Resume Tips and No-Gos

When writing a resume, what should be left off and what should be emphasized?

 Many people currently believe that the more information they provide, the better. In fact, this is not the case at all. Jobs & Hire suggests that we keep it simple and leave out the information that tends to “bloat” a resume. It is important that recruiters and potential employers are able to pick out the key facts and are not overwhelmed with all of the filler information.
Recently, PR Daily wrote an article discussing the 10 words and phrases that should be left off a resume to avoid this issue. Here are just a few examples:
– “References available upon request.”
– Experience with Microsoft Office (that is expected nearly everywhere)
– Anything “high school”
Your resume serves as the appetizer of the meal- you don’t want to leave the reader so overwhelmingly full that they don’t want the actual meal (the interview). Include the most important and relevant parts, and leave the details for explanation later on during the interview.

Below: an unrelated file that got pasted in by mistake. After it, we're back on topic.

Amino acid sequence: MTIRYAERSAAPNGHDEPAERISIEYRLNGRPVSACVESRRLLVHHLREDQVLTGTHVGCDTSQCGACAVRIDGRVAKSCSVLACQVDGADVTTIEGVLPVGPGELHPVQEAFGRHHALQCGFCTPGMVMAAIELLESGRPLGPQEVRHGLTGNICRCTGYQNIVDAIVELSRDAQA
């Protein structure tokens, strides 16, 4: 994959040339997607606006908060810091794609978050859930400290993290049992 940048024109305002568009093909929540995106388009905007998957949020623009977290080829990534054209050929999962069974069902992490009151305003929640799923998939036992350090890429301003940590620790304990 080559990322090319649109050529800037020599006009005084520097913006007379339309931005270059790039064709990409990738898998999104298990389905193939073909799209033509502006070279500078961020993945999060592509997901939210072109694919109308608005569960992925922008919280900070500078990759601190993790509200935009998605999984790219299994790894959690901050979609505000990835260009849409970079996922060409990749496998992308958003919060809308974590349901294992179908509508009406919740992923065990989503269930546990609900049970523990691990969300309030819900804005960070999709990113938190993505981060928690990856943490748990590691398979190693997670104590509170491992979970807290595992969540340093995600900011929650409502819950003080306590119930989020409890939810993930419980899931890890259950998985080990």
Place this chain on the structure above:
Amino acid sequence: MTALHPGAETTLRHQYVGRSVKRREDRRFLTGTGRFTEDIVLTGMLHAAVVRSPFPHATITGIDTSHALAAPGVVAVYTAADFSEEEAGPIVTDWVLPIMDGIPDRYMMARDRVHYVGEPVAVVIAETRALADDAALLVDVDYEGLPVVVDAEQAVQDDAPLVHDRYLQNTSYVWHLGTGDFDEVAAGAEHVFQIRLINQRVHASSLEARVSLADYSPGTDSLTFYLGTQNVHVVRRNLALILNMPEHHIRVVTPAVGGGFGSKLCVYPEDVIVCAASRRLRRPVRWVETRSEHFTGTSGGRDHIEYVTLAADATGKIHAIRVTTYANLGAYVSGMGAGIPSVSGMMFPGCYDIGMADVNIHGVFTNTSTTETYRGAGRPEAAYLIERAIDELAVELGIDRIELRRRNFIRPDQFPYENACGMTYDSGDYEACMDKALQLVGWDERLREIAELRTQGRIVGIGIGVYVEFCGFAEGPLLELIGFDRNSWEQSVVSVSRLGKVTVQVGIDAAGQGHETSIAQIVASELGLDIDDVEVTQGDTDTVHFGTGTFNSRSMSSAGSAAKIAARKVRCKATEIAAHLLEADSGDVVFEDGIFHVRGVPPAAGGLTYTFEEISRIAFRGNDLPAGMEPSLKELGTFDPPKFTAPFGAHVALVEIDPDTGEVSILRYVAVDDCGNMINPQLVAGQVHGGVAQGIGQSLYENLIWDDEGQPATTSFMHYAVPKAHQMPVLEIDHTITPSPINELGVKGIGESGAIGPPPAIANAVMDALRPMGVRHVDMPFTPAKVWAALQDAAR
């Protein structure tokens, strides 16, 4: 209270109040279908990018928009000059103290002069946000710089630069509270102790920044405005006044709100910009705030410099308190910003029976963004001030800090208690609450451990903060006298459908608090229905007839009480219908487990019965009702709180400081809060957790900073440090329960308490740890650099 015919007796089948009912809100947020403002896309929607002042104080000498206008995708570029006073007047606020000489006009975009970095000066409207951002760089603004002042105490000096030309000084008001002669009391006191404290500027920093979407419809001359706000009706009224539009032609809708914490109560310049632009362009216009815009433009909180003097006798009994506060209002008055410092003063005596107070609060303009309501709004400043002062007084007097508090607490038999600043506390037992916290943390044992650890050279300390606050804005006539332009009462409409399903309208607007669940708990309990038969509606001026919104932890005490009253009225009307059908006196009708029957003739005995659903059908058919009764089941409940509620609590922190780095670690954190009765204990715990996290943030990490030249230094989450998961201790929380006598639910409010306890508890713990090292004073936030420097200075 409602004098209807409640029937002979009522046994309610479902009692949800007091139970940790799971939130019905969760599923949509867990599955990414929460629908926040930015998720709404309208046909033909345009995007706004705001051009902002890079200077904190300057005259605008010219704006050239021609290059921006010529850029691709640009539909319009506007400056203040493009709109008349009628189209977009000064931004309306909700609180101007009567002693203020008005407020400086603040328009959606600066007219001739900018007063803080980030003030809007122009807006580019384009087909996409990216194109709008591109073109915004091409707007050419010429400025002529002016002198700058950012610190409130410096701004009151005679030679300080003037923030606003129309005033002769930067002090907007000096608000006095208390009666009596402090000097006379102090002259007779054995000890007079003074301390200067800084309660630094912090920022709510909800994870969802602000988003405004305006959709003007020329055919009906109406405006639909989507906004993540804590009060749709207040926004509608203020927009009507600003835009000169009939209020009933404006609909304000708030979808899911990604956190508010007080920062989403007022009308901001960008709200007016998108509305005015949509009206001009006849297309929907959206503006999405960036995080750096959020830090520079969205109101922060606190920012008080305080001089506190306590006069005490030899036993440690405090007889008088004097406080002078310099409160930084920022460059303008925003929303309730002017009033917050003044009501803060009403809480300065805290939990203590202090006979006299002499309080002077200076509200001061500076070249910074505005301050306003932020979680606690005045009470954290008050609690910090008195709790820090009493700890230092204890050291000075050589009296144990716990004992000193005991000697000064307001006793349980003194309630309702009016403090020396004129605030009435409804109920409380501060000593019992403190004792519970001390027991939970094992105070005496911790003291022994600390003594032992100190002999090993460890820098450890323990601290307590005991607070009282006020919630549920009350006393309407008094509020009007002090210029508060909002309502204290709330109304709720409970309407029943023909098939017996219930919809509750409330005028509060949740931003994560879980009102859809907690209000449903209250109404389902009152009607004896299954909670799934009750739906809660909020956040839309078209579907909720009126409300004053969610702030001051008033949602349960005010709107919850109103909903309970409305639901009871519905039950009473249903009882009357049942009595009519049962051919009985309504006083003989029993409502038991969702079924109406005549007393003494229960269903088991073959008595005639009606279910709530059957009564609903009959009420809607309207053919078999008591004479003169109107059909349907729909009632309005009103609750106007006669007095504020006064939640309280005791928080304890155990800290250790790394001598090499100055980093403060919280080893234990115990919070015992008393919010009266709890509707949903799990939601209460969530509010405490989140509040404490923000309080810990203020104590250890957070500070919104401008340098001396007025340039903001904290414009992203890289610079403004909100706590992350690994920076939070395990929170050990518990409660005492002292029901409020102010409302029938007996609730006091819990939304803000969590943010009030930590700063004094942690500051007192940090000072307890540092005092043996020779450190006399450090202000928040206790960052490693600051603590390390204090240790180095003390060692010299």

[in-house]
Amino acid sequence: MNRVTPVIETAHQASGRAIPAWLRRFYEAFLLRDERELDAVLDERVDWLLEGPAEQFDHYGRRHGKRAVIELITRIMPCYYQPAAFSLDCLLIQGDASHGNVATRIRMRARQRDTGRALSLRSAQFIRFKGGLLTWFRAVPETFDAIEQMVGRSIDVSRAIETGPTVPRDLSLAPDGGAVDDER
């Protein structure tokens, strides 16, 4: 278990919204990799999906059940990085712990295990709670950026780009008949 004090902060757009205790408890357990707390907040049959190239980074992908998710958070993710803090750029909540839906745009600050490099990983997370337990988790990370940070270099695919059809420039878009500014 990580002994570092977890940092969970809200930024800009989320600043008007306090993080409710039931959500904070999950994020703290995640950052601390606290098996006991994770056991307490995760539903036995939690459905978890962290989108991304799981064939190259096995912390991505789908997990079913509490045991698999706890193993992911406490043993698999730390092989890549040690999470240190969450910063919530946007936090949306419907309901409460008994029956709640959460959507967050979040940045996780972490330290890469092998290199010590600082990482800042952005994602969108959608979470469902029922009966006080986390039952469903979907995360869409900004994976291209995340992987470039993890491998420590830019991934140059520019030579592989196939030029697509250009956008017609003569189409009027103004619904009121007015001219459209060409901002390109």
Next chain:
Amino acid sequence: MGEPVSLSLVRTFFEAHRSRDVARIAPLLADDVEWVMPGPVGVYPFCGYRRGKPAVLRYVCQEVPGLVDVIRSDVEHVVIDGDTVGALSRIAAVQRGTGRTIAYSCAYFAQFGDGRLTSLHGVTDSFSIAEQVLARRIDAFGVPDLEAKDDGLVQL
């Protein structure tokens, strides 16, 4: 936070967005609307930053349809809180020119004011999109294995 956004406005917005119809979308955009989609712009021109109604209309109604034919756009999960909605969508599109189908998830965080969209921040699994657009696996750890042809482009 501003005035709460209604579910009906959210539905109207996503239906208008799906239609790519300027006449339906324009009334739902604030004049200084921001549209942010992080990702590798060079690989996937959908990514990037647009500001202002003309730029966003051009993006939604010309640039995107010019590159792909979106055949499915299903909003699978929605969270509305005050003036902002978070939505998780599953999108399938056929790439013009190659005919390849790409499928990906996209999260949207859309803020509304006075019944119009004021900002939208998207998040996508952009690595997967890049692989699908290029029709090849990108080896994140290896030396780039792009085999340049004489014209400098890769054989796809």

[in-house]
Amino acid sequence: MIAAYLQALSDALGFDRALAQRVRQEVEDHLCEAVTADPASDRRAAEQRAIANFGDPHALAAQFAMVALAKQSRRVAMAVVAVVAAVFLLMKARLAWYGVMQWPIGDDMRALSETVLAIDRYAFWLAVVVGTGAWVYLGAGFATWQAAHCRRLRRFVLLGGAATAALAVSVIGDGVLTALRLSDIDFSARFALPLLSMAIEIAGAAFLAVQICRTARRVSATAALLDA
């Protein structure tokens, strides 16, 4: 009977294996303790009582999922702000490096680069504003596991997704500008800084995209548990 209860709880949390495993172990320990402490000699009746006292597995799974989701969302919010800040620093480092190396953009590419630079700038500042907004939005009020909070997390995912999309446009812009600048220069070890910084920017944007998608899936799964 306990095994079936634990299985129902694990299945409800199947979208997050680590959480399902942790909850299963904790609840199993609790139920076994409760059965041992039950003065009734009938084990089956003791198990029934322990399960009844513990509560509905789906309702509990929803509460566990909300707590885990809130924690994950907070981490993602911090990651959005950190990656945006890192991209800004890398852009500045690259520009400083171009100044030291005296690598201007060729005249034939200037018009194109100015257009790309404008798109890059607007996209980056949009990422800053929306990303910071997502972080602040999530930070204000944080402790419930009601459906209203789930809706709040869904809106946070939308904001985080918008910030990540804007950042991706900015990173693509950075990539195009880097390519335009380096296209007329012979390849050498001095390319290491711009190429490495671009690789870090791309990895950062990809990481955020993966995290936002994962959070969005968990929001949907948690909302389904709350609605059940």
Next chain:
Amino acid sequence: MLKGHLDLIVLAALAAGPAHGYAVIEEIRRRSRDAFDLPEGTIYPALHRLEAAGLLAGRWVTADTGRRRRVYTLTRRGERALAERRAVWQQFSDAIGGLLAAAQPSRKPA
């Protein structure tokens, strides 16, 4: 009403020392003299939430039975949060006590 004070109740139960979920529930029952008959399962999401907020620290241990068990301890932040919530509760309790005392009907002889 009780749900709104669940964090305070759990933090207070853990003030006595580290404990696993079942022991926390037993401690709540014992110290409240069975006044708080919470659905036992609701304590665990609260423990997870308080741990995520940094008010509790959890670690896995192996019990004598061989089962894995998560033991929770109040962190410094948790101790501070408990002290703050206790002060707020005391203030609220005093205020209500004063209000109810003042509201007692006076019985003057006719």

By: Melissa Peale


One thought on “Resume Tips and No-Gos

  1. marcusclarkus says:

    I agree with all the items you suggest for students to omit from their resume. Having screened resumes for many years, a good number of student resumes tend to look a lot alike. I will emphasize for students to carefully examine the work and outside activities that are listed on their resume. Focus on your accomplishemnts and what you achieved, quantify whenever possible. Don't let those expereinces read like a job description or a generic list of tasks.To address Gene's point, keywords can be important if and when employers search on them, but you might frustrate yourself trying to second guess many of the applicant tracking systems. Most initial decisions are made by recruiters that are screening candidates that submit against a job. Make sure you are qualified for the jobs against which you submit and ensure everything on your resume is accurate.Do these things and you you'll be ahead of the pack.


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